Light the Flame for a fair Olympics

Summer is almost here and with it the Olympic Games in London. The Olympics Games aims to “build a better world through sport” and promotes values of fair play, respect and equality Unfair play, disrespect and inequality aren’t values we usually associate with the Olympics. But for some workers making Olympic goods and sportswear, this is what the Olympic ideal really means.

Recent evidence published by the Play Fair campaign in Toying with Workers' Rights and Fair Games shows that workers making Olympic-branded goods for London 2012 continue to be exploited.

Playfair has been campaigning since before the 2004 Olympics to get the International Olympic Committee to face up to their responsibility for the workers involved in making the sportswear, the team kits and the expensive souvenirs. Our campaigning has seen some positive changes- most recently the London organisers (LOCOG) agreed to establish a complaints mechanism and publish details of some factories producing for the London Olympics. However while LOCOG have also agreed to work with Playfair 2012 to ensure that future Games benefit from the lessons learned, the IOC themselves have refused so far to enter into any meaningful dialogue or take any concrete steps to improve worker's rights and livelihoods.

A key part of our demands are therefore targeted towards the IOC – asking them to create a positive legacy for each and every Olympics Games  and also to take responsibility for workers.

Playfair have built up a series of activities in the lead up to the games in July.

Email the IOC – Light the Flame : With the Olympic torch relay being held throughout the UK we are asking the IOC to take responsibility for the workers involved in the Olympic sportswear production.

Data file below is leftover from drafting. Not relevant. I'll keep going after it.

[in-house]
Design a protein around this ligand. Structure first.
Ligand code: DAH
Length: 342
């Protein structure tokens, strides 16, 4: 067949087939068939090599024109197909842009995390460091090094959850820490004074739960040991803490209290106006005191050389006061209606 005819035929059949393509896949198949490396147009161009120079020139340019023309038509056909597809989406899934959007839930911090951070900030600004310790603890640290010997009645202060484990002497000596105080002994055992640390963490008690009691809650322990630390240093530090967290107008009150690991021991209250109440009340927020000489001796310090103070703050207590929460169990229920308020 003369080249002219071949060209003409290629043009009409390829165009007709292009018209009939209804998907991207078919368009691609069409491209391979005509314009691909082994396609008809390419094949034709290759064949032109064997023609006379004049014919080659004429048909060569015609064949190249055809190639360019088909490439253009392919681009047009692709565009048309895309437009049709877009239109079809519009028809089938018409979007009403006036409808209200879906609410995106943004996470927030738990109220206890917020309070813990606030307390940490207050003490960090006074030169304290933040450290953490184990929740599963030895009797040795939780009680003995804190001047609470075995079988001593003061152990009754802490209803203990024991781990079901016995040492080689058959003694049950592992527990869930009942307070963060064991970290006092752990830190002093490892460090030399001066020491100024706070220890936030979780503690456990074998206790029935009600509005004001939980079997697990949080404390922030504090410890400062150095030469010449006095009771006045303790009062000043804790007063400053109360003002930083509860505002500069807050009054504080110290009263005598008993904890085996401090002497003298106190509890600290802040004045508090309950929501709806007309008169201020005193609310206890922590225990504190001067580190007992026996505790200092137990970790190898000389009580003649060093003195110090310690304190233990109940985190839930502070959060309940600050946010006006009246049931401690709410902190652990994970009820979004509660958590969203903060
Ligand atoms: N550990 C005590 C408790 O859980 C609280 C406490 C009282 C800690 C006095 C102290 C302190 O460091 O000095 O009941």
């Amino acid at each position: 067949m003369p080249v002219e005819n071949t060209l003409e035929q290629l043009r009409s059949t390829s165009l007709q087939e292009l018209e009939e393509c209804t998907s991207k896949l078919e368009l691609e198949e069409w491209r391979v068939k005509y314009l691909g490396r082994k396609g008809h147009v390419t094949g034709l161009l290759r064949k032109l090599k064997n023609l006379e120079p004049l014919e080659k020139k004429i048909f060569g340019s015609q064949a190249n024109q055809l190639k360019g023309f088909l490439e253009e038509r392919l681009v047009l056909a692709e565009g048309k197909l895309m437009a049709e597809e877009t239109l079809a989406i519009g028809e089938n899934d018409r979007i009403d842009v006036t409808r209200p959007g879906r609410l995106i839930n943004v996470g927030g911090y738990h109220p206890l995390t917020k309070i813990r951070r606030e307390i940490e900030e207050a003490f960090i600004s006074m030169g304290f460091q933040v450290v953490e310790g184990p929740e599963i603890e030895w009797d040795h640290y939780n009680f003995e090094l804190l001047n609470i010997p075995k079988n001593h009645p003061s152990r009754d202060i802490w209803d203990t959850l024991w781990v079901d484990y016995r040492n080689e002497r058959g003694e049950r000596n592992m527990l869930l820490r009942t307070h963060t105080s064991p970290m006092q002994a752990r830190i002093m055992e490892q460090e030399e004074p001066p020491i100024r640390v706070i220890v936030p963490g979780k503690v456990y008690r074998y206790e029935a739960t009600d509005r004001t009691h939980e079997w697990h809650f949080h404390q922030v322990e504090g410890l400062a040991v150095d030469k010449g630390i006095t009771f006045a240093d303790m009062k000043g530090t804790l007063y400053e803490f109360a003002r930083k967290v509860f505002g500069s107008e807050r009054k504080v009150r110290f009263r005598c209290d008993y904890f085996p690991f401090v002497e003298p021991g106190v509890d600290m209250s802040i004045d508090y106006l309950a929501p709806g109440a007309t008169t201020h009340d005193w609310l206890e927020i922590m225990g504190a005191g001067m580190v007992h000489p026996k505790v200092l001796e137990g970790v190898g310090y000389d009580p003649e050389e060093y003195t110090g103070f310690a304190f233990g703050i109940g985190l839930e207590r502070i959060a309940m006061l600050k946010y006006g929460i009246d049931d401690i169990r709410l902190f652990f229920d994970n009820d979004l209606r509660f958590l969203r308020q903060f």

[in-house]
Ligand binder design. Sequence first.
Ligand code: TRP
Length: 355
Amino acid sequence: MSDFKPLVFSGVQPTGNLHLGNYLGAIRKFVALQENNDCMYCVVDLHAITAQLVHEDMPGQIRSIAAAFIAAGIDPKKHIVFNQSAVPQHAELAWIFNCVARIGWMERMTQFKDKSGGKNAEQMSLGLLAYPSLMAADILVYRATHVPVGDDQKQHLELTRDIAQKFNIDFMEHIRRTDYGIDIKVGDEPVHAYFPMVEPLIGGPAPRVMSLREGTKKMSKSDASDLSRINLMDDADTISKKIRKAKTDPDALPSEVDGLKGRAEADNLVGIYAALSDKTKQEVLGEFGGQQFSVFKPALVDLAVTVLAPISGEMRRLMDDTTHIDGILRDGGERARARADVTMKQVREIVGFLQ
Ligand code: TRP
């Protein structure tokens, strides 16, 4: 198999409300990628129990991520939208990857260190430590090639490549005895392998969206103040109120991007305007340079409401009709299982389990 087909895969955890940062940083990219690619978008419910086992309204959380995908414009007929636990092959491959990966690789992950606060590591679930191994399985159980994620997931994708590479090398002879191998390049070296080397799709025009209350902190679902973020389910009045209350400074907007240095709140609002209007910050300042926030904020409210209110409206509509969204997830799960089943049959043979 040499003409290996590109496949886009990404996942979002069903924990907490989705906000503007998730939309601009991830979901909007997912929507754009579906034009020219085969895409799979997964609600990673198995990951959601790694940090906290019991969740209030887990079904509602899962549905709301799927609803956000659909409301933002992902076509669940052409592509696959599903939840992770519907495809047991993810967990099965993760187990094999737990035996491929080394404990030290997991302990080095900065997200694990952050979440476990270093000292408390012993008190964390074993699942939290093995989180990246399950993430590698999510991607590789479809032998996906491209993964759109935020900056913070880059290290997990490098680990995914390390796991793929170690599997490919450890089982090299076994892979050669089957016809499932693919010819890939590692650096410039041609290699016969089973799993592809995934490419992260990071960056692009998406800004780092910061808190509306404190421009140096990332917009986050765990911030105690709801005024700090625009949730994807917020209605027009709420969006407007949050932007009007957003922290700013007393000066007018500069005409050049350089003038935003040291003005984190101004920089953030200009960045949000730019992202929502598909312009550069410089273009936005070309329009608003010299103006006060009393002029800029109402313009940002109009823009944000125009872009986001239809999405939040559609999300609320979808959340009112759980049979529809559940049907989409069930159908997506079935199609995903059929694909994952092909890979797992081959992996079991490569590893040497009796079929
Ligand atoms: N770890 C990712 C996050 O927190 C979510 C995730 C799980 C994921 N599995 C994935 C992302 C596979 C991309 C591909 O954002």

Ask big brands to respect workers' human rights: The Fair Games? report investigated factories producing sportswear and uniforms for 2012 officials, in China, Sri Lanka and the Philippines. Evidence showed the systematic and widespread exploitation of workers including poverty pay, forced overtime and workers being too frightened to join a union for fear of losing their jobs.

Demand adidas gives PT Kizone workers the deal they deserve: adidas are refusing to pay a cent to Indonesian workers who are still owed US$ 1.8 million in severance pay a year after their factory, PT Kizone, closed down.

Find out about the Indonesia Protocol on freedom of Association: In June 2011 an historic protocol on freedom of association was signed by Indonesian trade unions, employers and multinational sportswear brands supporting the rights of workers producing for global brands in Indonesia to join unions and bargain collectively for better working conditions making a change.Play Fair calls on all footwear and garment brands sourcing from Indonesia to endorse and sign the protocol.

Watch a  video with John Carlos:  Carlos used his moment on the winners podium at the 1968 Olympic games to make a historic stand for human rights. In this short interview he explains his actions and how the struggle for human rights continues

And finally, since it is about Games after all, pretend you are a worker: enter the world of a sweatshop where you can try to produce an Olympic cap. See how you get on in keeping up with deadlines and ensuring quality control!